Chapter 9 – Investigating Health Issues
|Like any academic discipline, biomedicine has its own language. Doctors, nurses and researchers often use words and terms that both you and your readers may not understand or have even heard. This section will explain basic concepts in biomedical research. You can use this to decide if the information you are given is useful or even accurate and how to communicate it to your audience.|
Important differences between journalism and science
- Journalists often use ‘theory’ to mean simply an idea. Scientists use ‘theory’ to mean something that can make testable predictions and can be observed and measured.
- Journalists require multiple sources – but we mean only three or four. Scientists require far larger numbers, in repeated studies.
- Journalists use ‘error’ to mean a mistake. But error is an essential part of experimentation and statistical surveying; much scientific reporting is about how big or small the error in an experiment is – and how significant it is for the results. Don’t take comments on ‘error’ in scientific reports to mean that the research was wrong.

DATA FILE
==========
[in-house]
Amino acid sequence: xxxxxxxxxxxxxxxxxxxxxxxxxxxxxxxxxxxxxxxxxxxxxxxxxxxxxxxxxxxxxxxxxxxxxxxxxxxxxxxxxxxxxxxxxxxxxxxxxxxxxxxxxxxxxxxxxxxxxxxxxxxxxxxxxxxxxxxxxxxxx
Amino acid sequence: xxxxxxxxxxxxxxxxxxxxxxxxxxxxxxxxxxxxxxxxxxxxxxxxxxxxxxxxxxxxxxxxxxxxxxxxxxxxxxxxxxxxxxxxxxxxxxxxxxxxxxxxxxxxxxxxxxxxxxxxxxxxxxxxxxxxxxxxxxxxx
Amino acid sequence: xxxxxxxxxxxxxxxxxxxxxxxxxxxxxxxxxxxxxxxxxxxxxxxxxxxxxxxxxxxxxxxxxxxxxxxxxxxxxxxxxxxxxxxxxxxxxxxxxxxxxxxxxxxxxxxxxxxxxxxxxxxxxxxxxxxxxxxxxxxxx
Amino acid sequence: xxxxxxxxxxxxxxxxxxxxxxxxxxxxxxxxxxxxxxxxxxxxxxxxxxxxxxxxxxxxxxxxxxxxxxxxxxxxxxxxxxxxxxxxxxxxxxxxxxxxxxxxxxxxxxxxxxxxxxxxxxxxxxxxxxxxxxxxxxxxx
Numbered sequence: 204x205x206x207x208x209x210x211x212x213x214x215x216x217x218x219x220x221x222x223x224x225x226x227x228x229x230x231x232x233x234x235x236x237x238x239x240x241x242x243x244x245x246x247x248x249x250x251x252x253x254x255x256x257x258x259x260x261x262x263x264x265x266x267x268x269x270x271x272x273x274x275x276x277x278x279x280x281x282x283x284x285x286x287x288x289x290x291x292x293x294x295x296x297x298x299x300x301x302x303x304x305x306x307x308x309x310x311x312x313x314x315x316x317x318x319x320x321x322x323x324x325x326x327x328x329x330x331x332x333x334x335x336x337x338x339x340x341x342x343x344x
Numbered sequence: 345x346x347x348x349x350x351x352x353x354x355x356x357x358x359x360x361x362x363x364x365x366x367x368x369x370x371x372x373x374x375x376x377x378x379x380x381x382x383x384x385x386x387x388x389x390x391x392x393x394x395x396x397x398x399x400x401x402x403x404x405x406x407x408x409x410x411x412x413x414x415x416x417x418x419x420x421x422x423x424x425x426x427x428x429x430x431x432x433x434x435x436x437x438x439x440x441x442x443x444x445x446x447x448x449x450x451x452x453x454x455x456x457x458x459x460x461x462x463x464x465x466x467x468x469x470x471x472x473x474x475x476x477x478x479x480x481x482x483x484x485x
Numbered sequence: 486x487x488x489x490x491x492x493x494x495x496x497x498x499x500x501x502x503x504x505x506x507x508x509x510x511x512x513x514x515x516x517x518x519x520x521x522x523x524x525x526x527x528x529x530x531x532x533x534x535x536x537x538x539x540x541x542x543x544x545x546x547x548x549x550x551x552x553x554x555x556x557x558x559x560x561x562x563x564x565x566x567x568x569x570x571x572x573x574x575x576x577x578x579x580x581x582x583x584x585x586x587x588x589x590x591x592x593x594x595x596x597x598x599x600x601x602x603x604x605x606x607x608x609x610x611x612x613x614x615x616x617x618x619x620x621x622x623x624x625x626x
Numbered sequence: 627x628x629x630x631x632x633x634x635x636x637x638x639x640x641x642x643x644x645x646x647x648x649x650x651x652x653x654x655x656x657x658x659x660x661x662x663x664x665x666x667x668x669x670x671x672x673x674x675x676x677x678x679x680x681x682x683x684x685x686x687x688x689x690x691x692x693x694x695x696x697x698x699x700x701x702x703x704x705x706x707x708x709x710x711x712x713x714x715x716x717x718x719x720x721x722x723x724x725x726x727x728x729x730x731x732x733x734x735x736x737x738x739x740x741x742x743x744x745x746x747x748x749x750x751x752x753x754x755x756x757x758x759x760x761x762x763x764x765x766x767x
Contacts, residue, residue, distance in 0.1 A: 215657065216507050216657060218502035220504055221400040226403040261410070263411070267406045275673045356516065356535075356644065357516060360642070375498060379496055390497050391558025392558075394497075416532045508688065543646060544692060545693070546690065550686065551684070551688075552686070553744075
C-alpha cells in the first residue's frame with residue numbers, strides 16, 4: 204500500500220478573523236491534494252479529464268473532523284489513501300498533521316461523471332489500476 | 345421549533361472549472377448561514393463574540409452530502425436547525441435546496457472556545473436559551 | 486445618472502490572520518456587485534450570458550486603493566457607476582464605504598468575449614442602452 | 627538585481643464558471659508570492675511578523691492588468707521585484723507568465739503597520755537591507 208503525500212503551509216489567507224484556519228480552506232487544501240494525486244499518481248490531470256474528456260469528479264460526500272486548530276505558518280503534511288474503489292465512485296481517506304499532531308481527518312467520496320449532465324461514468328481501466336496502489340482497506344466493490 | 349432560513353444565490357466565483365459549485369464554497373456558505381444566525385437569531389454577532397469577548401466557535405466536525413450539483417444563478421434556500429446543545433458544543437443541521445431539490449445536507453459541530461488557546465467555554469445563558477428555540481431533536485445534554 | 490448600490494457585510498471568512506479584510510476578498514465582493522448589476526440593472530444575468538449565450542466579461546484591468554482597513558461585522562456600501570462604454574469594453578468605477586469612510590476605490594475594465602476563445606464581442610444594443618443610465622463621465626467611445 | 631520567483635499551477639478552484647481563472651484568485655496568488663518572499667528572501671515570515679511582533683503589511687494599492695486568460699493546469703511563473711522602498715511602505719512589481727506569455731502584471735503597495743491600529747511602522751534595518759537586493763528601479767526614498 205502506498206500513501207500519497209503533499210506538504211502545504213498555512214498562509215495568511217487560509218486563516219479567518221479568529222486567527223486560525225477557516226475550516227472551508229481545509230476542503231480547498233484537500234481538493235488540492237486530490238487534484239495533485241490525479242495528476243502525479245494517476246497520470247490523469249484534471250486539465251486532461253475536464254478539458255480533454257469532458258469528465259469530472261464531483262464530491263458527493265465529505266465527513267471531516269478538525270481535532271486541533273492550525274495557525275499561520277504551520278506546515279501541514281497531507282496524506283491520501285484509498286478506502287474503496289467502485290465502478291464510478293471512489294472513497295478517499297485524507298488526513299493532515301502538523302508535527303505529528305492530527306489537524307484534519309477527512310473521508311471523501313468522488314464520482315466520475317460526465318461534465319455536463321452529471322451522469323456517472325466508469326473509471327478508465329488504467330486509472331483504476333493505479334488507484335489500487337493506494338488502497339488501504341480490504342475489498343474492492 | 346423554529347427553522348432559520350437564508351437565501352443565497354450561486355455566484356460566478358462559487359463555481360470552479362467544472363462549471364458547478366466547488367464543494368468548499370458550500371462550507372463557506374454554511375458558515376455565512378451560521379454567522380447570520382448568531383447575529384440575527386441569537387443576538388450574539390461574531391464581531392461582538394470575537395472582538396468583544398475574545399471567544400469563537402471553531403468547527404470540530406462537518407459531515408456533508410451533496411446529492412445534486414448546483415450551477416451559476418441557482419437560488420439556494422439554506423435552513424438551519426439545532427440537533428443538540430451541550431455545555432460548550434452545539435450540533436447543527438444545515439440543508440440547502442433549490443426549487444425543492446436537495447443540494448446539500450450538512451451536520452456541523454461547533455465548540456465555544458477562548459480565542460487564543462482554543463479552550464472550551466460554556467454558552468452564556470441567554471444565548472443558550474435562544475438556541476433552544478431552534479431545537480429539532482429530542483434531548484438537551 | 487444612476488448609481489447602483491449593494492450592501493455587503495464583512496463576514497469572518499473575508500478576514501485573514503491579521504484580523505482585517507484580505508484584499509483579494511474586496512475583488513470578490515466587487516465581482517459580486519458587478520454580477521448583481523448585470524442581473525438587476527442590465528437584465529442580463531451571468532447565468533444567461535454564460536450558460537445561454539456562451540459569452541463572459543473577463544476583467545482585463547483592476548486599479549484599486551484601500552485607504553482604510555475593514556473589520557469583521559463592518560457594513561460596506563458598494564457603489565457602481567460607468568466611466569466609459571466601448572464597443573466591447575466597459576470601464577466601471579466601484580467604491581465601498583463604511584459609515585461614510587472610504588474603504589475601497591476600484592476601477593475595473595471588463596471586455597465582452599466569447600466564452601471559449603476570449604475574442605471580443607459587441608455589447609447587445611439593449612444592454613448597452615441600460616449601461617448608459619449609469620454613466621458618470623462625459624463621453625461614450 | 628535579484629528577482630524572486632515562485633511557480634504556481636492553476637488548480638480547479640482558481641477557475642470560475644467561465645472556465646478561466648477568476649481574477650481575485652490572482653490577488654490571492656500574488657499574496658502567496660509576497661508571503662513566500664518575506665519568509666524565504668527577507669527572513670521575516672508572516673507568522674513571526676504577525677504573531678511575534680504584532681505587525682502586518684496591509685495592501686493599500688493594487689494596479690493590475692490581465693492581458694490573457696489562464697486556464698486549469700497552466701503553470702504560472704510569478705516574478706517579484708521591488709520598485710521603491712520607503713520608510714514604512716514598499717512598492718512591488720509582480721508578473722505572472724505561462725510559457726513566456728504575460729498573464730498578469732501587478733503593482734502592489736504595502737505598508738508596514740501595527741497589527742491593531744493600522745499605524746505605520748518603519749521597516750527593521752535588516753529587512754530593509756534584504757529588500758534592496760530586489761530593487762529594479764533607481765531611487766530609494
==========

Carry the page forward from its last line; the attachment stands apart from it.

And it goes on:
- Likewise, scientific work is far more comfortable with uncertainty than journalism, and less prepared to offer hard yes/no explanations – at least until a very large volume of results are in. Beware of interpreting answers like this:
Journalist: “Is migration a cause of the spread of this disease?”
Scientist: “Yes, it is one factor. But other important causes include poor nutrition, … etc.”
News story headline: “Migrants cause disease says scientist.”
- Journalists work on short timeframes. Scientists study something over often quite long periods of time and, as we have seen, their views can change as the results of studies and experiments come in over that time.
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